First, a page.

Gig Harbor

One of the most picturesque and accessible waterfront cities on Puget Sound, Gig Harbor has a neat, circular bay dotted with sailboats and fronted by hills of evergreens and million-dollar homes. Expect spectacular views all along the town's winding, 2-mile, bay-side walkway, which is intermittently lined by boat docks, quirky shops, cozy cafés, and broad expanses of open water.

The bay was a storm refuge for the 1841 survey team of Captain Charles Wilkes, who named the area after his small gig (boat). A decade later Croatian and Scandinavian immigrants put their fishing, lumber, and boatbuilding skills to profitable use, and the town still has strong seafaring traditions. By the 1880s, steamboats carried passengers and goods between the harbor and Tacoma, and auto ferries plied the narrows between the cities by 1917.

The town winds around the waterfront, centering at the intersection of Harborview Drive and Pioneer Way, where shops, art galleries, and restaurants often attract more foot traffic than vehicles. From here, Harborview makes a long, gentle curve around the bay toward the renovated Finholm Market building, which has shops, docks, a restaurant, kayak rentals, and more views. A Gig Harbor Historical Society self-guided walk brochure covers 49 sights (see if you can spot the 16 metal salmon sculptures, designed by local artists, placed in front of sights around town).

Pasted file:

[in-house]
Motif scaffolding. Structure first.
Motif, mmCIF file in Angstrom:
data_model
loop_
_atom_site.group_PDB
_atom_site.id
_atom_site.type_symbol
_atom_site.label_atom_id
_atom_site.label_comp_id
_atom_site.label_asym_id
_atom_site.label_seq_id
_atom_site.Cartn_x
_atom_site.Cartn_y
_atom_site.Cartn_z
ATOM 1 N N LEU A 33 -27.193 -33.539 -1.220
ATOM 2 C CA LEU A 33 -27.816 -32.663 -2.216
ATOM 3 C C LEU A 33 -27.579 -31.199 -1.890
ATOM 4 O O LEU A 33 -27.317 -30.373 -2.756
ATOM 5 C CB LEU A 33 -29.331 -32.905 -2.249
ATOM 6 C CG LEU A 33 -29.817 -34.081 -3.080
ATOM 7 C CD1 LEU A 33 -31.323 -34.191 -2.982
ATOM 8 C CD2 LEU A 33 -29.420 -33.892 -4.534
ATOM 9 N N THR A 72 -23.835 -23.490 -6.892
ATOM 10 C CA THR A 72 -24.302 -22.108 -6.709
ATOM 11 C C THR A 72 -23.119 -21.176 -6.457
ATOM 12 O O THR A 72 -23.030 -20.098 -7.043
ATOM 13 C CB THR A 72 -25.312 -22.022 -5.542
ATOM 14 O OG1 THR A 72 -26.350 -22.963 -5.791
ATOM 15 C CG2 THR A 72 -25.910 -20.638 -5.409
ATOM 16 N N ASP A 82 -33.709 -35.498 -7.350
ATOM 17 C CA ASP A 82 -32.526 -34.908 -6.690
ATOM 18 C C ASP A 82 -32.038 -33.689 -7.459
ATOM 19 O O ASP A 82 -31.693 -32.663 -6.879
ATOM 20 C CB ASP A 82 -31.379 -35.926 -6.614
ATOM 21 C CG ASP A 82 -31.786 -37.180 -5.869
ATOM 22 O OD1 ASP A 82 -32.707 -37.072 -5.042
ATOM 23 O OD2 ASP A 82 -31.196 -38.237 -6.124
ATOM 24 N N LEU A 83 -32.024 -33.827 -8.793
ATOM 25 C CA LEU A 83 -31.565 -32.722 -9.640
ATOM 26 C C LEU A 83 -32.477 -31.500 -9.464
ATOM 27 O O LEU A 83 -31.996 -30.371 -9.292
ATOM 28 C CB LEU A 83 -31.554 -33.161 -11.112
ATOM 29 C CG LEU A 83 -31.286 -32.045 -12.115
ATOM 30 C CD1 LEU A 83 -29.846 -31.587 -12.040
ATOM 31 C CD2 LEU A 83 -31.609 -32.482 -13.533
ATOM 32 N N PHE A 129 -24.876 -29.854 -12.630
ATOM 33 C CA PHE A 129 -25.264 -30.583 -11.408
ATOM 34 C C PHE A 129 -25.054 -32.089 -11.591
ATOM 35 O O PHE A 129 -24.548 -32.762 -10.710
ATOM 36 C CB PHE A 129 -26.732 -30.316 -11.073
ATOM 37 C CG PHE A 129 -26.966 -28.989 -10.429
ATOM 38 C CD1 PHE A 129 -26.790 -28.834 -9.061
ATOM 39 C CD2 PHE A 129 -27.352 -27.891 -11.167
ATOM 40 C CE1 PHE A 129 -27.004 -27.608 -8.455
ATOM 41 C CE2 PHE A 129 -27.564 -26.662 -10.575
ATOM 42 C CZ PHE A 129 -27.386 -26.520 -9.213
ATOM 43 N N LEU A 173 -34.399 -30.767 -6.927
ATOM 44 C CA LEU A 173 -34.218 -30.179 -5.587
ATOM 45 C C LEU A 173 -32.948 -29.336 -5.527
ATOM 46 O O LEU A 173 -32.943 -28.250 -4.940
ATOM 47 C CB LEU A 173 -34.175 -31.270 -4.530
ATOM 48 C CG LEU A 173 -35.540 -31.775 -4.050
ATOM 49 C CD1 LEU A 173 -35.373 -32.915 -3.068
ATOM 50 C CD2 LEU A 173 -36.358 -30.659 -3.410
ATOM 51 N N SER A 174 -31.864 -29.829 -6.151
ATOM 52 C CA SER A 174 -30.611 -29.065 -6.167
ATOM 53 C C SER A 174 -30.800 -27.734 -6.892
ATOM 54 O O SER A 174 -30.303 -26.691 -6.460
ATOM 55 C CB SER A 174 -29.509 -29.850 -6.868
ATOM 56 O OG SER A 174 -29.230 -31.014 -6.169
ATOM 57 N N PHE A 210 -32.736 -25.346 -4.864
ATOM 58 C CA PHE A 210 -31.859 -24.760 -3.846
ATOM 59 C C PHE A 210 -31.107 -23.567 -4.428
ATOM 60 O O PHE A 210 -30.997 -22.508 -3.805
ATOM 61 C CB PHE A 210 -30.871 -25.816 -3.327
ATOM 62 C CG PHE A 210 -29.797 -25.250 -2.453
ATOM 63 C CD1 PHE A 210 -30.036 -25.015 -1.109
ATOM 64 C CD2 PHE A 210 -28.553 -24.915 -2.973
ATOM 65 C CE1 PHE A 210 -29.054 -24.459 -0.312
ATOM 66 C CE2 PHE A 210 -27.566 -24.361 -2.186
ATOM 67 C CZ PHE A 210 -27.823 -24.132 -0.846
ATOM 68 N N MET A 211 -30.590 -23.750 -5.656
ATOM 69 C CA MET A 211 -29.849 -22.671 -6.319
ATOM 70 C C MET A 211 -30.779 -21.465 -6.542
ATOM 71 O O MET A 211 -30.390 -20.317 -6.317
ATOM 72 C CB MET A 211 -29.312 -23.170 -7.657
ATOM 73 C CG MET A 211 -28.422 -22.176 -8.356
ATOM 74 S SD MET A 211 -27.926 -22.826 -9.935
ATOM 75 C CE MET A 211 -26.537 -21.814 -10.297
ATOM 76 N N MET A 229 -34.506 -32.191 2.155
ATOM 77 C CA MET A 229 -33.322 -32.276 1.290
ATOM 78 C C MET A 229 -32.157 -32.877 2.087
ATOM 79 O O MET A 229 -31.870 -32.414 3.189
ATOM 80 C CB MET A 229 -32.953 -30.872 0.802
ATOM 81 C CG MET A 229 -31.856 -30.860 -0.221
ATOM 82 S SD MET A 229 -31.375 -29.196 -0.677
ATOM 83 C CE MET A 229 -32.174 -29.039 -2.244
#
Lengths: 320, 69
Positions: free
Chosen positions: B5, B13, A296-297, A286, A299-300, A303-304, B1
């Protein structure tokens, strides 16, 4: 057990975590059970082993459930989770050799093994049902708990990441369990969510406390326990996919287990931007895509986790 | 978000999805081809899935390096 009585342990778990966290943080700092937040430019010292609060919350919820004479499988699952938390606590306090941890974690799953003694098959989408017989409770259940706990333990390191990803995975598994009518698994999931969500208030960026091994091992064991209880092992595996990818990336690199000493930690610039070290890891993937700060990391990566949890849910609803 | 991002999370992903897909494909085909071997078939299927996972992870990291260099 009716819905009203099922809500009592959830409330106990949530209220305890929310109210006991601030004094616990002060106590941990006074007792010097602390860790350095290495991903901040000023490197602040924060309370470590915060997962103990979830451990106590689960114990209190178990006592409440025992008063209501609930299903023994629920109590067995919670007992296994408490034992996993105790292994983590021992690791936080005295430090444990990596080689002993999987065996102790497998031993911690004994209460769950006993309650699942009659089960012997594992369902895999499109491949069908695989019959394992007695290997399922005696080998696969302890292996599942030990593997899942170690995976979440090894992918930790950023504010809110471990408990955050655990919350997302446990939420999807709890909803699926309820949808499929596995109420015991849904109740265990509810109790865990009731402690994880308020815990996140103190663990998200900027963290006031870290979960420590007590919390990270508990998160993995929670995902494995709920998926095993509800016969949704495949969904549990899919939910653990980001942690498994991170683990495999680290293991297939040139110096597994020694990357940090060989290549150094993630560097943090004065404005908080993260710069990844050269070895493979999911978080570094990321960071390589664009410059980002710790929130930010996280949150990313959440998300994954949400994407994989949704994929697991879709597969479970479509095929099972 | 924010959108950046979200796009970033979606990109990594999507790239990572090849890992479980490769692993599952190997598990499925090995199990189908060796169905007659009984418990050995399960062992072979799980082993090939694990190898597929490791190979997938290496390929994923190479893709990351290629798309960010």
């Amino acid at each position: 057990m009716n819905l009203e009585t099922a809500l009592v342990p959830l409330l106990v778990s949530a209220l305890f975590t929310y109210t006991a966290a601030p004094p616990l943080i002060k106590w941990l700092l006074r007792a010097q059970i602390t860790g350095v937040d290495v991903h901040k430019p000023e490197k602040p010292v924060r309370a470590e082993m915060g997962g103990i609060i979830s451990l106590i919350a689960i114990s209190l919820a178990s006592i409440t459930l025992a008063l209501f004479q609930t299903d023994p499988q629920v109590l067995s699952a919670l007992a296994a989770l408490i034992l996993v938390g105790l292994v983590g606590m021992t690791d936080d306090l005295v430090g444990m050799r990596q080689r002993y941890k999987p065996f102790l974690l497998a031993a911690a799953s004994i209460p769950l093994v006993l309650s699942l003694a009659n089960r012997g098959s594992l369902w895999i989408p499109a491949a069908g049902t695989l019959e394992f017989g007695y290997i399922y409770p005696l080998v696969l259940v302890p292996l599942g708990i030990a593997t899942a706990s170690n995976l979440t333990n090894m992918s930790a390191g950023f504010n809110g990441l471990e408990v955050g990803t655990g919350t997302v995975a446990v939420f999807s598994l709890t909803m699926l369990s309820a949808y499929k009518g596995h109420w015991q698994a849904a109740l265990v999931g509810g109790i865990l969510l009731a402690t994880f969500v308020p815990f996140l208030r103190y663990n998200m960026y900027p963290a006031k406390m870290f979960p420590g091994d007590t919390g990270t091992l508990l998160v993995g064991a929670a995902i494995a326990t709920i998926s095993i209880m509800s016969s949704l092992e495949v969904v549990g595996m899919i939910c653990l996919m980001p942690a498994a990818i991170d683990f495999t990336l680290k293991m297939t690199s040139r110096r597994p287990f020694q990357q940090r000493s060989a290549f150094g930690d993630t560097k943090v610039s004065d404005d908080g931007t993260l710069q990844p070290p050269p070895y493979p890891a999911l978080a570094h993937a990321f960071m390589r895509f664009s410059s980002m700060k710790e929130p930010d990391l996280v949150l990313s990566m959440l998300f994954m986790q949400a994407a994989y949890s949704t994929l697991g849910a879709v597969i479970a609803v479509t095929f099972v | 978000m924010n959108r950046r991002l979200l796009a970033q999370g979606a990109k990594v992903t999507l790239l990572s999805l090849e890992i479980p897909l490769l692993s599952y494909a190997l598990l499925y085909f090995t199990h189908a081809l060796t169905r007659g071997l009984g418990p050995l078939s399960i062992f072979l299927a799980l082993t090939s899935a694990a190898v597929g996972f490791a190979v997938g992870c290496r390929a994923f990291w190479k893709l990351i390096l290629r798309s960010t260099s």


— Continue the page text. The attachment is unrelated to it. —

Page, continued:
Surrounding Gig Harbor, pine forests and open woods alternate with rolling pastures; it's enjoyable scenery (even on rainy days) during the 10-minute drive to Fox Island. Crossing the Fox Island Bridge over Echo Bay, you'll see stunning views of the Olympic Mountains to the right and the Tanglewood Lighthouse against a backdrop of Mt. Rainier to the left. Tanglewood Island, the small drop of forest on which the Tanglewood Lighthouse sits, was once a Native American burial ground known as Grav Island. At low tide the boat ramp and boulder-strewn beach next to the bridge are scattered with stranded saltwater creatures.

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